Page 1 of 2 12 LastLast
Results 1 to 15 of 30

Thread: Names of the Notes in Different Languages

  1. #1
    Vice Admiral Virtuoso rojo's Avatar
    Join Date
    Aug 2005
    Location
    Montreal, Canada
    Posts
    3,213
    Post Thanks / Like

    Names of the Notes in Different Languages

    Besides standard musical notation, it might be nice to communicate musically with others around the world, so I thought it might be fun to compile a list of the names of the notes in different languages. Here are the names of the notes in English, French, Italian, Spanish and German-

    http://www.library.yale.edu/catalogi...ic/keylang.htm

    and here is information on the names of the swaras (notes) used in Indian music-

    http://en.wikipedia.org/wiki/Swara

    Anyone want to provide the names of the notes in any other language/s? Or a link to a site with the names of notes in other languages?
    ''Music, I feel, should be emotional first and intellectual second.'' - Maurice Ravel
    ''The greatest education in the world is watching the masters at work.'' - Michael Jackson


  2. #2
    Captain of Water Music Art Rock's Avatar
    Join Date
    Dec 2006
    Location
    Netherlands
    Posts
    498
    Post Thanks / Like
    In Dutch, we use the French majeur/mineur and the German -is/-es. For the separate notse, we use the German system, but B flat is Bes and B is B (there is no H in Dutch notes).

  3. #3
    Vice Admiral Virtuoso rojo's Avatar
    Join Date
    Aug 2005
    Location
    Montreal, Canada
    Posts
    3,213
    Post Thanks / Like
    Thanks for that, Art Rock.

    Funny, it seems in Western music, there are two major note-naming systems-

    1. syllables- Do Re Mi Fa Sol La Si -used by French, Spanish and Italian folk,

    and

    2. letters of the alphabet- C D E F G A B -used by English, German (except for the H business) and Dutch folk.

    Here in Canada, the French use Do Re Mi, and the English use C D E. So I use both all the time. And now English people sometimes learn Do Re Mi and French people sometimes learn C D E, depending on their schooling.

    I'm off to look for the origins of these systems...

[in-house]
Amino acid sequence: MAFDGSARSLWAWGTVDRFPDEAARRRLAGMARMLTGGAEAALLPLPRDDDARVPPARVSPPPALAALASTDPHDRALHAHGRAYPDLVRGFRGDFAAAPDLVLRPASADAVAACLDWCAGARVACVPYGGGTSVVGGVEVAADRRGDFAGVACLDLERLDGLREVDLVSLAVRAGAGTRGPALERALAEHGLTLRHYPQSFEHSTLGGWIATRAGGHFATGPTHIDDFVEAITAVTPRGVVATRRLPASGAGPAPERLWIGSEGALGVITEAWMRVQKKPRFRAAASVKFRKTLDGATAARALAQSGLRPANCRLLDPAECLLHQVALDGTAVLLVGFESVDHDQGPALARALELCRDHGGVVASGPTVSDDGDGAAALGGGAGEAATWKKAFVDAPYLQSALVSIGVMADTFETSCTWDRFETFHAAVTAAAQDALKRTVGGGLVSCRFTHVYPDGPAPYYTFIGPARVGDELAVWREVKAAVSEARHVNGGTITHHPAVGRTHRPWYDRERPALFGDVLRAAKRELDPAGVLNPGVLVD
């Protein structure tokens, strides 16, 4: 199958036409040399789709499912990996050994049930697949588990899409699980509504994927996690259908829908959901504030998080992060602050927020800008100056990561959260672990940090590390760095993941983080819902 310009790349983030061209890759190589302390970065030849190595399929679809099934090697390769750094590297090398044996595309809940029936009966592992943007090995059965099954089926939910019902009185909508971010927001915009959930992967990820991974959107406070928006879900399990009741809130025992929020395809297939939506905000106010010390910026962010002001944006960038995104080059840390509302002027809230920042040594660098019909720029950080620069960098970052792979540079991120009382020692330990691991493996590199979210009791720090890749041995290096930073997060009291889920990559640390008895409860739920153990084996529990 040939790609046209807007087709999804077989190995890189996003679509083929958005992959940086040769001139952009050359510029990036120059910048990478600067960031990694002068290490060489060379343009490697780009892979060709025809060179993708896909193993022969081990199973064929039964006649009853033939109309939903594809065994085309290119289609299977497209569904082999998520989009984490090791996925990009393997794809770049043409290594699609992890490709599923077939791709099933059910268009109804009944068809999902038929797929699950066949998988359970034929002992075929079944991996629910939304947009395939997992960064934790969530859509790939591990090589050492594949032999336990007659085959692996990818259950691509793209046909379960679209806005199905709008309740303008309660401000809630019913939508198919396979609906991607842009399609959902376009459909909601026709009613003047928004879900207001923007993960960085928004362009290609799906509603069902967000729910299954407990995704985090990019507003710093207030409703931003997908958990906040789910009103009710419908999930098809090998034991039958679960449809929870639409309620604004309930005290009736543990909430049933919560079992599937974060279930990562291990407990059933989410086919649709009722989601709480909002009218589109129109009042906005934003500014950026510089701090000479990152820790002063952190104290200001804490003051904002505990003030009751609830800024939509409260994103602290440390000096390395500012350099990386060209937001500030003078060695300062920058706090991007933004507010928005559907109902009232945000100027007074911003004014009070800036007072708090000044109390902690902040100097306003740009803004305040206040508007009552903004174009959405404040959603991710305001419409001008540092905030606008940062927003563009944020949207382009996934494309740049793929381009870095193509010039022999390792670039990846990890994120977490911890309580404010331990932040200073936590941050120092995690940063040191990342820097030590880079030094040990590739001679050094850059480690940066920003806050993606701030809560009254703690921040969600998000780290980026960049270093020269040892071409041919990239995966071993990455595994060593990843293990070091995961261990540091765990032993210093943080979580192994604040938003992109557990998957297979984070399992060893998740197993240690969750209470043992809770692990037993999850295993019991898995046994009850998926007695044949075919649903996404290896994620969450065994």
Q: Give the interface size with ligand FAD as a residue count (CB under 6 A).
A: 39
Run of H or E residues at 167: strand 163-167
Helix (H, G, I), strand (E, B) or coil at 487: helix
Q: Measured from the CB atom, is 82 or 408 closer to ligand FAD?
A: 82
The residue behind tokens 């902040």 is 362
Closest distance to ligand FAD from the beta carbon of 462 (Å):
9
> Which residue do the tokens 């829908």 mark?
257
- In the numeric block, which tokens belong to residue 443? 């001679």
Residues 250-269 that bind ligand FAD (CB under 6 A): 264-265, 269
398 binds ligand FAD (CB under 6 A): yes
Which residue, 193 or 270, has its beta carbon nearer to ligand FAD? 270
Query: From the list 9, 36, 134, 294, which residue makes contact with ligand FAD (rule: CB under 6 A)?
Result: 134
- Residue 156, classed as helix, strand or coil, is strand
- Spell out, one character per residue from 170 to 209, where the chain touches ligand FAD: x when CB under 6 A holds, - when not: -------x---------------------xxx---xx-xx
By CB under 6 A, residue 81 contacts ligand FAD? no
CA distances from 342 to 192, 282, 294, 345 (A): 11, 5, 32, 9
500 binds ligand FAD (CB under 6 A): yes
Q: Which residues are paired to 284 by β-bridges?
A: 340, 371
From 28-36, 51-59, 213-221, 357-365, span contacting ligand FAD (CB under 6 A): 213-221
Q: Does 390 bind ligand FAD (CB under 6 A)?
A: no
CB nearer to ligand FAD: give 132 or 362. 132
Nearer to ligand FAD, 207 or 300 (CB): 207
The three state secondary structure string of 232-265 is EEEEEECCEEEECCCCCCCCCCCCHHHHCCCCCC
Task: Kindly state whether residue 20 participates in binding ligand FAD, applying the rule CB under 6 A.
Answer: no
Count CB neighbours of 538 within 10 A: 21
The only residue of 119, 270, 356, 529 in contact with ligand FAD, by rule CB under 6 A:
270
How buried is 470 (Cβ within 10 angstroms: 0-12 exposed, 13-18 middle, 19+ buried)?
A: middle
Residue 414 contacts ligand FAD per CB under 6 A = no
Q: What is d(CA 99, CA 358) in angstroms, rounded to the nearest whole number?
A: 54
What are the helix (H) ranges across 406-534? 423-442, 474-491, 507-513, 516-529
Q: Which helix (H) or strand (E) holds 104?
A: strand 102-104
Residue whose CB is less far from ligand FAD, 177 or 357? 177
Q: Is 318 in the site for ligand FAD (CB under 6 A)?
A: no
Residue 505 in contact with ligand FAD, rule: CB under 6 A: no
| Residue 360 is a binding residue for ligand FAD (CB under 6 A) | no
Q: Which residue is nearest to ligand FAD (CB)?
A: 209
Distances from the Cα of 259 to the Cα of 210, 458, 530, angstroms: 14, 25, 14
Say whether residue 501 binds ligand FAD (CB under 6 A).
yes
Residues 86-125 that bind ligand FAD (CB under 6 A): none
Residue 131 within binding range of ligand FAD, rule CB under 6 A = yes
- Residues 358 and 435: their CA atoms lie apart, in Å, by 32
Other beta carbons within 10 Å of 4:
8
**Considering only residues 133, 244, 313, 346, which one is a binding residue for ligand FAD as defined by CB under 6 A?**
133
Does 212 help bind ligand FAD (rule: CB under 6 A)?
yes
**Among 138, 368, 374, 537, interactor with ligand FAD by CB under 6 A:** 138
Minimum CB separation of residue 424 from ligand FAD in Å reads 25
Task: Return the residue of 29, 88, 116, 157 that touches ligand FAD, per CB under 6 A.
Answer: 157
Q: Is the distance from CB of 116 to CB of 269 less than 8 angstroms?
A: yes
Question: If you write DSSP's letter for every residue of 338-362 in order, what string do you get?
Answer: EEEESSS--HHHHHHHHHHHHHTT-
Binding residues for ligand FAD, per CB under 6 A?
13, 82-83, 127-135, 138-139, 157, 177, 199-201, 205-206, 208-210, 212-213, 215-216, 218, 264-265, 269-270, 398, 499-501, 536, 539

''Music, I feel, should be emotional first and intellectual second.'' - Maurice Ravel
    ''The greatest education in the world is watching the masters at work.'' - Michael Jackson


  4. #4
    Vice Admiral Virtuoso rojo's Avatar
    Join Date
    Aug 2005
    Location
    Montreal, Canada
    Posts
    3,213
    Post Thanks / Like
    ''Music, I feel, should be emotional first and intellectual second.'' - Maurice Ravel
    ''The greatest education in the world is watching the masters at work.'' - Michael Jackson


  5. #5
    Recruit, Pianissimo
    Join Date
    Aug 2007
    Posts
    1
    Post Thanks / Like

    Thumbs up Name of the notes in different languages

    This is quiet an interesting topic i have gone through! Well these notes in different languages will be of great help to us. Thanks for this contribution!

  6. #6
    Vice Admiral Virtuoso Mat's Avatar
    Join Date
    Aug 2007
    Posts
    3,600
    Post Thanks / Like
    In Poland we use both Do, Re, Mi and C, D, E,. We use dur/moll and -es/-is. B is in polish H (C, D, E, F, G, A, H, C) and B-flat is B.

  7. #7
    Vice Admiral Virtuoso methodistgirl's Avatar
    Join Date
    Aug 2007
    Location
    Madisonville,Ky.42431
    Posts
    4,411
    Post Thanks / Like

    italia

    Ever heard of staccato notes? You know the ones with dots underneath
    them. I noticed that Beethoven's 9th is full of them and not to mention
    piano fortie that means to be soft and allergo which means fast.

    judy tooley

  8. #8
    Recruit, Pianissimo
    Join Date
    Aug 2007
    Posts
    1
    Post Thanks / Like
    In Spain we use do re mi...but we also study the notes in English and German which I think is better 'cause many times it's very useful.